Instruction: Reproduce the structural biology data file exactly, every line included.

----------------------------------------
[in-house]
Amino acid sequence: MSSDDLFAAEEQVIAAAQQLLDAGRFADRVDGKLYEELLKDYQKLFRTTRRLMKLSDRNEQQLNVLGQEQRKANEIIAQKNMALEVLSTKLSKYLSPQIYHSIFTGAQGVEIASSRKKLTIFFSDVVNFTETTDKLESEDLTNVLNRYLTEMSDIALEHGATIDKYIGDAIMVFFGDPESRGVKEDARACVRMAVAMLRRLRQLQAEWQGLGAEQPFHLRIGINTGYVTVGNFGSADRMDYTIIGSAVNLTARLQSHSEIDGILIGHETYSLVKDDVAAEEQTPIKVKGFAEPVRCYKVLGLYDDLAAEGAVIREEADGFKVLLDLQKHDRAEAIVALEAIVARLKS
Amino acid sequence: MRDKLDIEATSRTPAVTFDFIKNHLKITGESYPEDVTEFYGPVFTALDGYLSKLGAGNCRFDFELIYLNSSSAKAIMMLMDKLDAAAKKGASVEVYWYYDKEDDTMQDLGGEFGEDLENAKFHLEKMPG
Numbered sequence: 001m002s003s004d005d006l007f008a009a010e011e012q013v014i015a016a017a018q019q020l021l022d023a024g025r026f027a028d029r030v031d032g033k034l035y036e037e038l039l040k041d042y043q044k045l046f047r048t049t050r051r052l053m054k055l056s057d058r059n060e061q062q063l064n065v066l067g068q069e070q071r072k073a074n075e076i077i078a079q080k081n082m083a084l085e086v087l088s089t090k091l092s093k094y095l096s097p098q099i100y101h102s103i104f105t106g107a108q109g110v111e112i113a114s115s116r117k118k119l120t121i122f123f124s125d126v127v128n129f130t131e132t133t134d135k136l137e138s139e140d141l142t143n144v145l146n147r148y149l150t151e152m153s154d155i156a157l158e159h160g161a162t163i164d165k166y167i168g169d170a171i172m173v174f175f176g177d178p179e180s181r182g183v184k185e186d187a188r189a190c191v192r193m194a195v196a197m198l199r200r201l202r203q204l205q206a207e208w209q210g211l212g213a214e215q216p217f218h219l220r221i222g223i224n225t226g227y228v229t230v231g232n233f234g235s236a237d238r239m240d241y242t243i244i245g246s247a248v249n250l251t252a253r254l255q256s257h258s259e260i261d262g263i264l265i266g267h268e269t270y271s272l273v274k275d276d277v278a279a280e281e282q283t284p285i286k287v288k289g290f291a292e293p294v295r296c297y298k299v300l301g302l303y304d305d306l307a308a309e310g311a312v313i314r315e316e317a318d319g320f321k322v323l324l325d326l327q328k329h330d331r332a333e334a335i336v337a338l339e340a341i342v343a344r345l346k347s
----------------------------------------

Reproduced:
[in-house]
Amino acid sequence: MSSDDLFAAEEQVIAAAQQLLDAGRFADRVDGKLYEELLKDYQKLFRTTRRLMKLSDRNEQQLNVLGQEQRKANEIIAQKNMALEVLSTKLSKYLSPQIYHSIFTGAQGVEIASSRKKLTIFFSDVVNFTETTDKLESEDLTNVLNRYLTEMSDIALEHGATIDKYIGDAIMVFFGDPESRGVKEDARACVRMAVAMLRRLRQLQAEWQGLGAEQPFHLRIGINTGYVTVGNFGSADRMDYTIIGSAVNLTARLQSHSEIDGILIGHETYSLVKDDVAAEEQTPIKVKGFAEPVRCYKVLGLYDDLAAEGAVIREEADGFKVLLDLQKHDRAEAIVALEAIVARLKS
Amino acid sequence: MRDKLDIEATSRTPAVTFDFIKNHLKITGESYPEDVTEFYGPVFTALDGYLSKLGAGNCRFDFELIYLNSSSAKAIMMLMDKLDAAAKKGASVEVYWYYDKEDDTMQDLGGEFGEDLENAKFHLEKMPG
Numbered sequence: 001m002s003s004d005d006l007f008a009a010e011e012q013v014i015a016a017a018q019q020l021l022d023a024g025r026f027a028d029r030v031d032g033k034l035y036e037e038l039l040k041d042y043q044k045l046f047r048t049t050r051r052l053m054k055l056s057d058r059n060e061q062q063l064n065v066l067g068q069e070q071r072k073a074n075e076i077i078a079q080k081n082m083a084l085e086v087l088s089t090k091l092s093k094y095l096s097p098q099i100y101h102s103i104f105t106g107a108q109g110v111e112i113a114s115s116r117k118k119l120t121i122f123f124s125d126v127v128n129f130t131e132t133t134d135k136l137e138s139e140d141l142t143n144v145l146n147r148y149l150t151e152m153s154d155i156a157l158e159h160g161a162t163i164d165k166y167i168g169d170a171i172m173v174f175f176g177d178p179e180s181r182g183v184k185e186d187a188r189a190c191v192r193m194a195v196a197m198l199r200r201l202r203q204l205q206a207e208w209q210g211l212g213a214e215q216p217f218h219l220r221i222g223i224n225t226g227y228v229t230v231g232n233f234g235s236a237d238r239m240d241y242t243i244i245g246s247a248v249n250l251t252a253r254l255q256s257h258s259e260i261d262g263i264l265i266g267h268e269t270y271s272l273v274k275d276d277v278a279a280e281e282q283t284p285i286k287v288k289g290f291a292e293p294v295r296c297y298k299v300l301g302l303y304d305d306l307a308a309e310g311a312v313i314r315e316e317a318d319g320f321k322v323l324l325d326l327q328k329h330d331r332a333e334a335i336v337a338l339e340a341i342v343a344r345l346k347s